Jurors in an inquest found unanimously that two King County deputies feared for their lives when they shot Muckleshoot tribal member Renee Davis last October. Half of the jurors also found the deputies — upon entering Davis’ bedroom — were not concerned about her welfare.
Davis died during a suicide wellness check last October. She was five months’ pregnant.
Jurors were told to answer 33 questions about the circumstances of Davis' death.
Adrienne Wat with the King County Office of Law Enforcement Oversight attended this week’s inquest at the Regional Justice Center in Kent. She said the judge did not allow questions about deputies’ crisis intervention training and limited hypothetical questions about what the officers could have done differently that night.
Wat said Davis’ lawyers emphasized how quickly the shooting took place and how frightening the officers’ approach may have been for Davis and her two young children.
One of the attorneys, Bree Black Horse, lay down in the courtroom to illustrate Davis’ position in her bed, and asked Officer Nicholas Pritchett to reenact his entrance.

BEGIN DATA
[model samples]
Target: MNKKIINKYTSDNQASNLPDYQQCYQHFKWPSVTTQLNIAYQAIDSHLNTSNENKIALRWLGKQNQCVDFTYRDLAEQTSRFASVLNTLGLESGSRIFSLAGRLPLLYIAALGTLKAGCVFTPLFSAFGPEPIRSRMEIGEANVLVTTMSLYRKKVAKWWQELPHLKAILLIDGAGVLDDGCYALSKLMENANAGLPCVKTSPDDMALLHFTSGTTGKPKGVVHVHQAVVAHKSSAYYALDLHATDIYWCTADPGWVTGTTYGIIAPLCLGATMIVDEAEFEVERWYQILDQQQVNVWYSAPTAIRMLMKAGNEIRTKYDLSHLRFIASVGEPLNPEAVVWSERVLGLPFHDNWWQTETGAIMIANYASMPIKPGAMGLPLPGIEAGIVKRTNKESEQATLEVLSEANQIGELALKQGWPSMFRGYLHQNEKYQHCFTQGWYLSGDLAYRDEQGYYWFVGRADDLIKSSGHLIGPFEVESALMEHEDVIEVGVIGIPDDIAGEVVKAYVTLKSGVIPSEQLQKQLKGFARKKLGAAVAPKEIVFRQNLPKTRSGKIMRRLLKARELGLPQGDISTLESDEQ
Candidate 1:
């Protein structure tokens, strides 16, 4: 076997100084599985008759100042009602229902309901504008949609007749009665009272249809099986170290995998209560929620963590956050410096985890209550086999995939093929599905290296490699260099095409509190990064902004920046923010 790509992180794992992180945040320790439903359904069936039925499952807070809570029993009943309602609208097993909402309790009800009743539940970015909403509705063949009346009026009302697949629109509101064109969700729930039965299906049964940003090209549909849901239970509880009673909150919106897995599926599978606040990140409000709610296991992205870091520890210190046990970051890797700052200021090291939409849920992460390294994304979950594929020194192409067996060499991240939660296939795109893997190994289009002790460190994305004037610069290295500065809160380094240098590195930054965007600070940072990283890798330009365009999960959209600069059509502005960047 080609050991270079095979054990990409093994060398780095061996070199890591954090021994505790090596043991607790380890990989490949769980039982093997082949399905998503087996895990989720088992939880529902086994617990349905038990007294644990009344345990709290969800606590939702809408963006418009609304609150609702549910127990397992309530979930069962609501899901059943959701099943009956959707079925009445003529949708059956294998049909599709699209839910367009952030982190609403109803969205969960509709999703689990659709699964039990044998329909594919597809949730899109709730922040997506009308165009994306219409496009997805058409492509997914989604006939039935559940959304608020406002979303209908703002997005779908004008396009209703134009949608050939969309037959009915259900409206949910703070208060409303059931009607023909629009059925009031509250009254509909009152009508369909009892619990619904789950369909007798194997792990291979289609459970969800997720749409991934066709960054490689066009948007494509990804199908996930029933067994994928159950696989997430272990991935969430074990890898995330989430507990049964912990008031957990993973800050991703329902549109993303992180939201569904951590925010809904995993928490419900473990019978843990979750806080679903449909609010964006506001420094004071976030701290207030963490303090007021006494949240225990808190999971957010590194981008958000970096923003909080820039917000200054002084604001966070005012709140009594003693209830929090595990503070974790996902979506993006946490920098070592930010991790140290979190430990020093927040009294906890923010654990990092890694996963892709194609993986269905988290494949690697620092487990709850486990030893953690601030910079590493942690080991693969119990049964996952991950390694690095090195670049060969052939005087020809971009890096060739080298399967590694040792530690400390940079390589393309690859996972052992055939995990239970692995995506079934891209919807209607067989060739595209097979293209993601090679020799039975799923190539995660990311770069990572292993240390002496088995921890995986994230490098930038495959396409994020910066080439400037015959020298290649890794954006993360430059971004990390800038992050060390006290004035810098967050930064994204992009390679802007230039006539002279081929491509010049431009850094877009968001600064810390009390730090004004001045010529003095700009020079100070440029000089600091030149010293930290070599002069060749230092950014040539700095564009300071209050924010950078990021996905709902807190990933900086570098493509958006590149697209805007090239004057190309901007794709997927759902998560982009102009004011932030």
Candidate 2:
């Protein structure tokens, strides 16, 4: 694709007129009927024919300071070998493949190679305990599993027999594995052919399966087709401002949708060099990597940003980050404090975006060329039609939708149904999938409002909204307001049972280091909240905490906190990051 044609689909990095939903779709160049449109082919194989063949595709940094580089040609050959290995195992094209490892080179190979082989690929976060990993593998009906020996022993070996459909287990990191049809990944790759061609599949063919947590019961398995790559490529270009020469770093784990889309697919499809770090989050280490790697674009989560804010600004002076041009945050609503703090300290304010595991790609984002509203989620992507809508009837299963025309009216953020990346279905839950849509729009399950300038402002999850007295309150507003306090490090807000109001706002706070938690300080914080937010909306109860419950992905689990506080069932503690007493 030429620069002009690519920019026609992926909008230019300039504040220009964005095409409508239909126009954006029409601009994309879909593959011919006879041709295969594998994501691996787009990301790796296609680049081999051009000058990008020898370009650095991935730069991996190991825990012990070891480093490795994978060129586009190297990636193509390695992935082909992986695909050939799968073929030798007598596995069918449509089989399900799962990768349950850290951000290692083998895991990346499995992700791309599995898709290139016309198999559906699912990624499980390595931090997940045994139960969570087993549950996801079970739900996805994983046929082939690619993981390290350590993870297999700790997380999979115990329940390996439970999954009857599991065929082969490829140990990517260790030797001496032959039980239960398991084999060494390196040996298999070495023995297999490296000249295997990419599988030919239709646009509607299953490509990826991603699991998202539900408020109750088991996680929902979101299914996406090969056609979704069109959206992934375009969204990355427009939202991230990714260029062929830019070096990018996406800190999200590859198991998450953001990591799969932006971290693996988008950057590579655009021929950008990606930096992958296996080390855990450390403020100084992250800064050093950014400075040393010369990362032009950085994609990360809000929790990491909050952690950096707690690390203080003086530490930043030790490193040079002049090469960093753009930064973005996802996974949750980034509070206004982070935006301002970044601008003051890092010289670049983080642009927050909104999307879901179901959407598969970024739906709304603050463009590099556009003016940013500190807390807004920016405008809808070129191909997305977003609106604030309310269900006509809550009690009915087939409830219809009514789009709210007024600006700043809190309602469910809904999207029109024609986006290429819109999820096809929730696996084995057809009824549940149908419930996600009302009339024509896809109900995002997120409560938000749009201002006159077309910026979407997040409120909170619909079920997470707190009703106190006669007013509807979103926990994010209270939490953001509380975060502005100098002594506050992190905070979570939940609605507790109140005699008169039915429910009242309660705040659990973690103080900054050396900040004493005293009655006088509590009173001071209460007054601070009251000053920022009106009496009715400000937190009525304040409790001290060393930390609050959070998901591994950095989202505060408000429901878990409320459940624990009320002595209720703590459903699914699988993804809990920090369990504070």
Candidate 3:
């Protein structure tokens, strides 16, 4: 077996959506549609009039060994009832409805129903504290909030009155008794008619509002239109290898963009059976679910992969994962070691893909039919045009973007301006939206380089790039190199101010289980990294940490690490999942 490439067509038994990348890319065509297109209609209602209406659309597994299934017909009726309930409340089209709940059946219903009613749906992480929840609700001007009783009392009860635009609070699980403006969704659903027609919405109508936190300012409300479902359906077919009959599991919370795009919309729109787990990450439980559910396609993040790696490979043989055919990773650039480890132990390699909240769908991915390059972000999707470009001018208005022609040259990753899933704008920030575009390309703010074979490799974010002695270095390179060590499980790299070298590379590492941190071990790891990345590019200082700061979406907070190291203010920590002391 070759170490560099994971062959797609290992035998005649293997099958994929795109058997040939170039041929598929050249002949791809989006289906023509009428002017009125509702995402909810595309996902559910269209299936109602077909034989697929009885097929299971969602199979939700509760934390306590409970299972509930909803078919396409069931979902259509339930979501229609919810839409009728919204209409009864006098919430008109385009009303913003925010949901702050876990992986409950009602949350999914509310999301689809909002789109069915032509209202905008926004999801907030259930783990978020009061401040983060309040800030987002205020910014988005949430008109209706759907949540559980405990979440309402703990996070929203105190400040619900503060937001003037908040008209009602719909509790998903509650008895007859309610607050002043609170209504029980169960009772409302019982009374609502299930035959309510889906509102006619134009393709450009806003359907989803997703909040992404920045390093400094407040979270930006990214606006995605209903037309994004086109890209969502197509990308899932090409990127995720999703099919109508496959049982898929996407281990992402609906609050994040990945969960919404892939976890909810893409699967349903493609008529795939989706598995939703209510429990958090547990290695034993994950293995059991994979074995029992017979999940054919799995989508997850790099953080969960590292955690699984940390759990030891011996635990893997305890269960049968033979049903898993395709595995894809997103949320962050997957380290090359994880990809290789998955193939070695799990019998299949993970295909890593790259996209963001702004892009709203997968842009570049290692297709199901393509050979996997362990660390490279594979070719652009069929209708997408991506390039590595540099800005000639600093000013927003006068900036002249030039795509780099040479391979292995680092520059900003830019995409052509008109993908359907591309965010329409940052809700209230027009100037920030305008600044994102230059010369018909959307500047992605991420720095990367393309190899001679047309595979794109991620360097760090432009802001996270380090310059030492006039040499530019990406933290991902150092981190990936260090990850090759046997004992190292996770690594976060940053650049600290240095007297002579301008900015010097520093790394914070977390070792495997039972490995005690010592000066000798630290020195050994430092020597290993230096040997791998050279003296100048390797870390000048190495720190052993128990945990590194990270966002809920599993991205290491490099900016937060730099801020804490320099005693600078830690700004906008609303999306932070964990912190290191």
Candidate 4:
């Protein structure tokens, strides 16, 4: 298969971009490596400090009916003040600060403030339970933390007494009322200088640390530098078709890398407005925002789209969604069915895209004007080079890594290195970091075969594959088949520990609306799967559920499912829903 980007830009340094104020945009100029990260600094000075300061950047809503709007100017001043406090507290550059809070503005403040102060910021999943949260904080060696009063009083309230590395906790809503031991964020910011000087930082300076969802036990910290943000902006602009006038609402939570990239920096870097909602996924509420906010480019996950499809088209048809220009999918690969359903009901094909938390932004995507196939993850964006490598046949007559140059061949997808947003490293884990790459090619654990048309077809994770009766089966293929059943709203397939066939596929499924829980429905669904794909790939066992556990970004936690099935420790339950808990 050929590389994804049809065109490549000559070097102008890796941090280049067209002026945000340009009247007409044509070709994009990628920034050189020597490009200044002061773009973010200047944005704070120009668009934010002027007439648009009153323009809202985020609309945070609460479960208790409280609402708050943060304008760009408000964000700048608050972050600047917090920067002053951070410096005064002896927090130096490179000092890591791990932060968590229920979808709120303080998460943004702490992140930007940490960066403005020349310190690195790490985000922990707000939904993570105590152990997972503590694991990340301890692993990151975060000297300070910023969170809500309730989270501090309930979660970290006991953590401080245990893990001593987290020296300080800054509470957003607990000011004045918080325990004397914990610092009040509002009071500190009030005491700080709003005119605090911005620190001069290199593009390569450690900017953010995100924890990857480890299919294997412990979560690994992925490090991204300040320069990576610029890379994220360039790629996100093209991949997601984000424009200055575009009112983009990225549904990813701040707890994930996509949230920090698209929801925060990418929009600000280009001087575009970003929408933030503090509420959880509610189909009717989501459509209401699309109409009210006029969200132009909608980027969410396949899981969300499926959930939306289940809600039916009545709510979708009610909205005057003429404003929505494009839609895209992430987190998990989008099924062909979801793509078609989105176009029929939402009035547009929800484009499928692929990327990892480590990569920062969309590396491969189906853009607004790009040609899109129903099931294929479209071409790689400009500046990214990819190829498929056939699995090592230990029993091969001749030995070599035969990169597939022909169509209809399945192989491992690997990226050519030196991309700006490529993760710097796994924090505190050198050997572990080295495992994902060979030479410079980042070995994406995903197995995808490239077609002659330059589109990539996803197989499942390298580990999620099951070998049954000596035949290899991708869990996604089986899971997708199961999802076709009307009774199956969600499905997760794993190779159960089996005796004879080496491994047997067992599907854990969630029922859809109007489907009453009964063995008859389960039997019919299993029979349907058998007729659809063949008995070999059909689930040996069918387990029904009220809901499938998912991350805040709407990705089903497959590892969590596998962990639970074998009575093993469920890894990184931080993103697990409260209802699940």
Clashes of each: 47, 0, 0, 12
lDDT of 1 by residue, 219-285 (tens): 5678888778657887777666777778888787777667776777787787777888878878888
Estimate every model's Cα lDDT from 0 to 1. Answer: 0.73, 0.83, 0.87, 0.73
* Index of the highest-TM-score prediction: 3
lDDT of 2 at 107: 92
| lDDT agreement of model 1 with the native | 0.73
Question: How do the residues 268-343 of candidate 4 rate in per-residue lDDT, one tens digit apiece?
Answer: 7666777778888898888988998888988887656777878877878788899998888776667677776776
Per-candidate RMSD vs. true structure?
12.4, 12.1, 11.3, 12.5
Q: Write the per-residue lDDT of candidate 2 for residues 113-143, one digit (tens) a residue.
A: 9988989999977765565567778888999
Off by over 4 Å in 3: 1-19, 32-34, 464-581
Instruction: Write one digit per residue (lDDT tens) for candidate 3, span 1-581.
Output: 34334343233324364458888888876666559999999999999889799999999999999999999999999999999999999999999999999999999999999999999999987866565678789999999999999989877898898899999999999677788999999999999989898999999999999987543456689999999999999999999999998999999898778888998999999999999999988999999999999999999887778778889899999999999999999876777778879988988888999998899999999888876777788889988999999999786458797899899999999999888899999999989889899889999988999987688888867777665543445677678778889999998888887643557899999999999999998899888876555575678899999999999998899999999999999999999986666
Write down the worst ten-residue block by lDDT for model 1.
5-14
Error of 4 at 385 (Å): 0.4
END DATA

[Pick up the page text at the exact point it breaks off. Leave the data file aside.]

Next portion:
“He just shouts, ‘sheriff’s office, show me your hands,’ you know, or ‘put the gun down.’ And it was a moment where you just kind of jumped in your seat a little bit, because it was so loud,” Wat said.
She said lawyers for the deputies described the urgency the officers may have felt. “The information that they got was that there were two children in the house,” Wat said, and “there was Ms. Davis who was potentially suicidal, she did have access to firearms.”
The deputies said Davis pointed a handgun at them and refused orders to put it down before they fired.
The inquest findings don't constitute a legal judgment. But the information generated during this inquest can be a basis for criminal charges or for civil lawsuits related to Davis’ death.